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Sledding for Fitness and Fun!

Sledding for Fitness and Fun!

While there are many snow lovers among us, for others the cold and gloom of winter can be a major deterrent to health and fitness.

Because opportunities for favorite outdoor activities, such as gardening, biking, or swimming, are diminished, fitness can sometimes fall to the wayside during winter. In addition, the urge to stay indoors means decreased exposure to sunlight, which can lead to deficiencies in Vitamin D and/or seasonal depression.

To escape both of these pitfalls, you needn’t look any farther than a beloved childhood pastime of winter: sled riding.

While zooming down a hill at breakneck speed might not seem like a workout, sledding can actually burn more than 450 calories per hour, much of it from trudging back up the hill once you’ve reached the bottom. But sledding has other benefits, too. By getting riders out into the sunshine, it can boost vitamin D levels, as well as exposure to full-spectrum light, which can improve energy levels and promote feelings of well-being.

Besides that, though, sledding is just fun, which has health benefits all of its own. Engaging in enjoyable activities acts as a kind of pressure release valve, helping to reduce stress levels. Reducing stress, in turn, can lead to lower blood pressure, a stronger immune system, more energy, and a happier life overall.

In addition, sled riding is a relatively inexpensive hobby. You can find flying saucers or snow tubes in every grocery and discount store for less than $20, and even a steerable runner sled can be purchased for less than $75. It’s also possible to improvise a sled from household items. College students have been using cafeteria trays for decades.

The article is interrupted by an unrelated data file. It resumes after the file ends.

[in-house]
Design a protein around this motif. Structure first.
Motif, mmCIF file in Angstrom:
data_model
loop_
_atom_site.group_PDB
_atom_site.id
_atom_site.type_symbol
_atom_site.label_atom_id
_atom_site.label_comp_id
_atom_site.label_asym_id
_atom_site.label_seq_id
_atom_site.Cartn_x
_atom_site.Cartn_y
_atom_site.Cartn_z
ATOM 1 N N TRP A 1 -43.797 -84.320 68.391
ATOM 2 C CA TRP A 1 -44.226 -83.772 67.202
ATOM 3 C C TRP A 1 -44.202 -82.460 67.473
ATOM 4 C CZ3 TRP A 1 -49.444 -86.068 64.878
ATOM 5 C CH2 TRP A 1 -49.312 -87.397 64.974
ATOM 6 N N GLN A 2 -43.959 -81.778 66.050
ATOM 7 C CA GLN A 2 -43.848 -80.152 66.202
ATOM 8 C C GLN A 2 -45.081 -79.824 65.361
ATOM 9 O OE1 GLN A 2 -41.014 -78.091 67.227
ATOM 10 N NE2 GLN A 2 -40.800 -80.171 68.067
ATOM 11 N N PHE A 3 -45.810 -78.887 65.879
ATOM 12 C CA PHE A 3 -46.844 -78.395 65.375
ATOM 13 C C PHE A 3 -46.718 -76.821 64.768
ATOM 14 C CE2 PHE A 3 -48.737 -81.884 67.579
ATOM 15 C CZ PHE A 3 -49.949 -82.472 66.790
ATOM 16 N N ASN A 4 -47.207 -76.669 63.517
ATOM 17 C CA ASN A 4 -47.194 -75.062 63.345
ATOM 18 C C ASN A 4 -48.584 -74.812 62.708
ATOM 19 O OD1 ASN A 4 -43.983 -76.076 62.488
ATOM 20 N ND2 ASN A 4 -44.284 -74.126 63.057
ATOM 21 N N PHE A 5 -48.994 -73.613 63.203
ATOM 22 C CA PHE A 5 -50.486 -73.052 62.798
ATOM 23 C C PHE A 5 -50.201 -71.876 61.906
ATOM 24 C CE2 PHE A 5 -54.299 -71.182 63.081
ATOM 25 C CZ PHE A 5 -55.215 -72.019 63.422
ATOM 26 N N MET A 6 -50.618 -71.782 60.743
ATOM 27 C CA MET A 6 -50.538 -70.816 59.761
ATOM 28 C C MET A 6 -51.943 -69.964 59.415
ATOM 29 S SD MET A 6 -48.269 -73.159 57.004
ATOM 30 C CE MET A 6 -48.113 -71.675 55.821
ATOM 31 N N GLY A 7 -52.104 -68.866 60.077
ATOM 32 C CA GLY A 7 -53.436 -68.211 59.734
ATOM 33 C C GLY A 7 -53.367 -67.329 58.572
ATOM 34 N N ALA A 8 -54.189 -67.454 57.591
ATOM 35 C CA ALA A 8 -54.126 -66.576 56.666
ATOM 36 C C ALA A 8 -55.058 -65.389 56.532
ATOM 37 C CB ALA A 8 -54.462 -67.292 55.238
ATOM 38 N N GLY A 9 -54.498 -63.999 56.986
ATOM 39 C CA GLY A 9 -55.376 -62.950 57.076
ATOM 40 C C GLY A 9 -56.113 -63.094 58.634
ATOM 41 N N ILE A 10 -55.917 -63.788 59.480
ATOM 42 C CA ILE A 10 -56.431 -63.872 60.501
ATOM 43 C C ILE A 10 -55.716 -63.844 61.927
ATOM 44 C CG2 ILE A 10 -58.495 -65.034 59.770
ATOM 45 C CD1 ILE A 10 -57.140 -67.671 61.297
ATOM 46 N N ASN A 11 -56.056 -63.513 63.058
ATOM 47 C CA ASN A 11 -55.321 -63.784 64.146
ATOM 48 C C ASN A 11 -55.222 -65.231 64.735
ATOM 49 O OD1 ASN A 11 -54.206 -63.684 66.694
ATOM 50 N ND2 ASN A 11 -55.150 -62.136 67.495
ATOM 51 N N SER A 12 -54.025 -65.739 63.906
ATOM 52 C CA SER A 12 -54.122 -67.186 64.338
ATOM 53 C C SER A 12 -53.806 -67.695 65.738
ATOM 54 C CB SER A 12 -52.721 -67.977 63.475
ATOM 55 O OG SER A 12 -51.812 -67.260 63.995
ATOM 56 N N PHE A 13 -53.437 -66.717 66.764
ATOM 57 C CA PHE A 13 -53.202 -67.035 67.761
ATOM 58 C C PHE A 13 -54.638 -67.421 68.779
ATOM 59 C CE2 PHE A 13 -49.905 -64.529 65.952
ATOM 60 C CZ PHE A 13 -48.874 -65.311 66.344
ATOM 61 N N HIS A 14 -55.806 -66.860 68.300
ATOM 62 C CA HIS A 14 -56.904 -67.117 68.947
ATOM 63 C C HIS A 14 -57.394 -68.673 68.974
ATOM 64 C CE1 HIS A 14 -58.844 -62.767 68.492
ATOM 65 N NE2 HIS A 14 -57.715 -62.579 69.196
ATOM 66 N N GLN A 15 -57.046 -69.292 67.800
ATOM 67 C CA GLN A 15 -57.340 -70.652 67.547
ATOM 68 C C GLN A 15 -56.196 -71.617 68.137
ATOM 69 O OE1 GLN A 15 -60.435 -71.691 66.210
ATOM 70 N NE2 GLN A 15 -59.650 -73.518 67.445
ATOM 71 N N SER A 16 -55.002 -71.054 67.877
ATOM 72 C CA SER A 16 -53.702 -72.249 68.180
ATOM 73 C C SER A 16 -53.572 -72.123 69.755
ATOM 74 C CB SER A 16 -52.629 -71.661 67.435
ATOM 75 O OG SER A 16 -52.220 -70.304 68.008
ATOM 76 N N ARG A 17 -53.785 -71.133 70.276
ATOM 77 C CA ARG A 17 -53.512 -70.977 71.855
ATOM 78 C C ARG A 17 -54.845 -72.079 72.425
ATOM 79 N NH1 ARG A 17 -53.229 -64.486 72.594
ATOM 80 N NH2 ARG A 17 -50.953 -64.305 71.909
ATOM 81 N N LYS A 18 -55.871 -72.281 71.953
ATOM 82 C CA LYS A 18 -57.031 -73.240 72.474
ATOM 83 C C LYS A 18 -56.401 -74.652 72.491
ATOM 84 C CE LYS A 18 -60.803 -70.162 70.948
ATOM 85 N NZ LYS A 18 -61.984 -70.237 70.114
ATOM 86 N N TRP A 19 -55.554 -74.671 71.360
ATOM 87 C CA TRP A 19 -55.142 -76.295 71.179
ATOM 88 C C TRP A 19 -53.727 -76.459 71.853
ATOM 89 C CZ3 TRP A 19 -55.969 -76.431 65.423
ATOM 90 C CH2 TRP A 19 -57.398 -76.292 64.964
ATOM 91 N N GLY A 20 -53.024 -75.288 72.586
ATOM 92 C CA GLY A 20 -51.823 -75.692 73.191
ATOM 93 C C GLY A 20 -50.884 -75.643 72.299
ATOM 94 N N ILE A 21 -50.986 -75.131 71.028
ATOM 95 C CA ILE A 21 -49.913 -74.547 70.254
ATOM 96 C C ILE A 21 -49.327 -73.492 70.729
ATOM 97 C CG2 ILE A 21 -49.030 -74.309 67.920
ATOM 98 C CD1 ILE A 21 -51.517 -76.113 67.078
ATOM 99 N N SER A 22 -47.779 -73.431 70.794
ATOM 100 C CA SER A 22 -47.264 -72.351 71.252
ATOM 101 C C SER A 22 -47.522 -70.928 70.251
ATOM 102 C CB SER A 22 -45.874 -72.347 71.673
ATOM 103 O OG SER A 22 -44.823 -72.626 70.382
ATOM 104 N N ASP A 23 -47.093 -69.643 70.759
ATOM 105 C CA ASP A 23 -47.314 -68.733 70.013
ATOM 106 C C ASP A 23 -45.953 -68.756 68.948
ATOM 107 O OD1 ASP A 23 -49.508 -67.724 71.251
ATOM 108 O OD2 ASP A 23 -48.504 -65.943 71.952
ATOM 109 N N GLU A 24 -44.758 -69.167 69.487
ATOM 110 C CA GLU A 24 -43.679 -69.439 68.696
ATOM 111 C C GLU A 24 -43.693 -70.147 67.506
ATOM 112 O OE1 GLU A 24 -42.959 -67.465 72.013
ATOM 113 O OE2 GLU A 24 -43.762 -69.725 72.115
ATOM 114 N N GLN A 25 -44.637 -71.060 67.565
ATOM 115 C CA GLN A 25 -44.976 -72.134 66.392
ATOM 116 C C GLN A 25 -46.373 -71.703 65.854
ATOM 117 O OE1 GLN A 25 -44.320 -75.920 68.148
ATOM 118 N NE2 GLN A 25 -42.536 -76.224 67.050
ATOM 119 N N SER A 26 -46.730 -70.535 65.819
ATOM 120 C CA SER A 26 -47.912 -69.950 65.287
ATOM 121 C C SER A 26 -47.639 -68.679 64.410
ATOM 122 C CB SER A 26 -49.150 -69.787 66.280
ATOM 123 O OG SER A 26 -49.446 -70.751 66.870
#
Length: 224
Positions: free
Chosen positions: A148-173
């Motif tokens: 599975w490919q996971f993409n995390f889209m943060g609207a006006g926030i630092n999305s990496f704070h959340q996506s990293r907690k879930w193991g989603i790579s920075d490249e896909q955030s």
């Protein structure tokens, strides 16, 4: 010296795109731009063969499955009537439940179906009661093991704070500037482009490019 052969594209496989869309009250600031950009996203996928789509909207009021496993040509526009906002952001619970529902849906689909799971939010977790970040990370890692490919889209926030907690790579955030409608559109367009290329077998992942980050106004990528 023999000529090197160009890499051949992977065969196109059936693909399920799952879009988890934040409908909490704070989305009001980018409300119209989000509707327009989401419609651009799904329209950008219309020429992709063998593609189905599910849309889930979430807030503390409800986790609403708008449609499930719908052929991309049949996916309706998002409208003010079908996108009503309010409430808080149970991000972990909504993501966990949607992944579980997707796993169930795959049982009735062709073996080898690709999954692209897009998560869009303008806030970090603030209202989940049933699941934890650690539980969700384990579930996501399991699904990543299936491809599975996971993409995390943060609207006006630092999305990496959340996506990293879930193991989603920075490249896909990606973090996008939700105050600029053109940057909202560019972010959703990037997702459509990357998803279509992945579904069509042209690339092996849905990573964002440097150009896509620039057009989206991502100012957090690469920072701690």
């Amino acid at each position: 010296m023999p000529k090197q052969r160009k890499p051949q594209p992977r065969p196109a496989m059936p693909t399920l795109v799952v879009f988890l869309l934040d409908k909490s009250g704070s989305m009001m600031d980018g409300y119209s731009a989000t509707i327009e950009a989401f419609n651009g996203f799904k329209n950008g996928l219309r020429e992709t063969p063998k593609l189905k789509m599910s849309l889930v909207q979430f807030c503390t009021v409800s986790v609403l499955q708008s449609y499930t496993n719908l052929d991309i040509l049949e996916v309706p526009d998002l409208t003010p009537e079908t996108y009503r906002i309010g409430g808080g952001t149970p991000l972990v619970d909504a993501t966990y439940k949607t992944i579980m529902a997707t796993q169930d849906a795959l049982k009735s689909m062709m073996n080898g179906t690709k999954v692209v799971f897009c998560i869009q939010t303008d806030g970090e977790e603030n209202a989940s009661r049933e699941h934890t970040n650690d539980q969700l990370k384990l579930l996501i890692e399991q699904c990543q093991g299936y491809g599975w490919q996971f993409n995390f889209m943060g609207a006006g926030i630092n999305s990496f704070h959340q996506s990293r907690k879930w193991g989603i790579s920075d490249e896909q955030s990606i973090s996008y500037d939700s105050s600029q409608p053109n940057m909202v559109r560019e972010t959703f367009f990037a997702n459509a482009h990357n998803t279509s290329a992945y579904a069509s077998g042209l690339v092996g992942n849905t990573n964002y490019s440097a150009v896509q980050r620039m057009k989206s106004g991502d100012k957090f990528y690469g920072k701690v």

Before you go out intent on reliving your favorite childhood memories, though, it’s important to take a few safety precautions.

– Always wear a helmet in case of collision. While there are no specific helmets just for sledding, a bicycle, skateboard, or ski helmet will work just fine.

– Be sure to dress in warm waterproof clothes, including gloves or mittens, snow pants, a winter coat, and snow boots.

– Don’t wear a scarf or any other article of loose clothing. These can easily get caught in a the sled and pose a strangulation risk.

– Choose a hill that has a long flat area at the bottom so you can glide to a stop.

– Do not sled on hills that end near a street or parking lot.

– Sled away from trees, fences, large bumps, rocks, and other hazards.

– Never sled across a body of water, even if you believe it to be frozen.

– Only sled during the daytime or in a well lit area.

With all of that in mind, you’re ready to enjoy one of the most timeless, and healthiest, winter pastimes. Wheeee!

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  • Sara says:

    For me that is one of the best ways to stay in shape. When your being active in a fun way you even loose track of time because it is enjoyable, and then you seem to find that instead of looking at the clock for 30 min while on the treadmill 2 hours have just gone by!

  • If you notice a hole in the upper left-hand corner of your Farmers' Almanac, don't return it to the store! That hole isn't a defect; it's a part of history. Starting with the first edition of the Farmers' Almanac in 1818, readers used to nail holes into the corners to hang it up in their homes, barns, and outhouses (to provide both reading material and toilet paper). In 1919, the Almanac's publishers began pre-drilling holes in the corners to make it even easier for readers to keep all of that invaluable information (and paper) handy.

    Reading Farmers' Almanac on Tablet with Doggie

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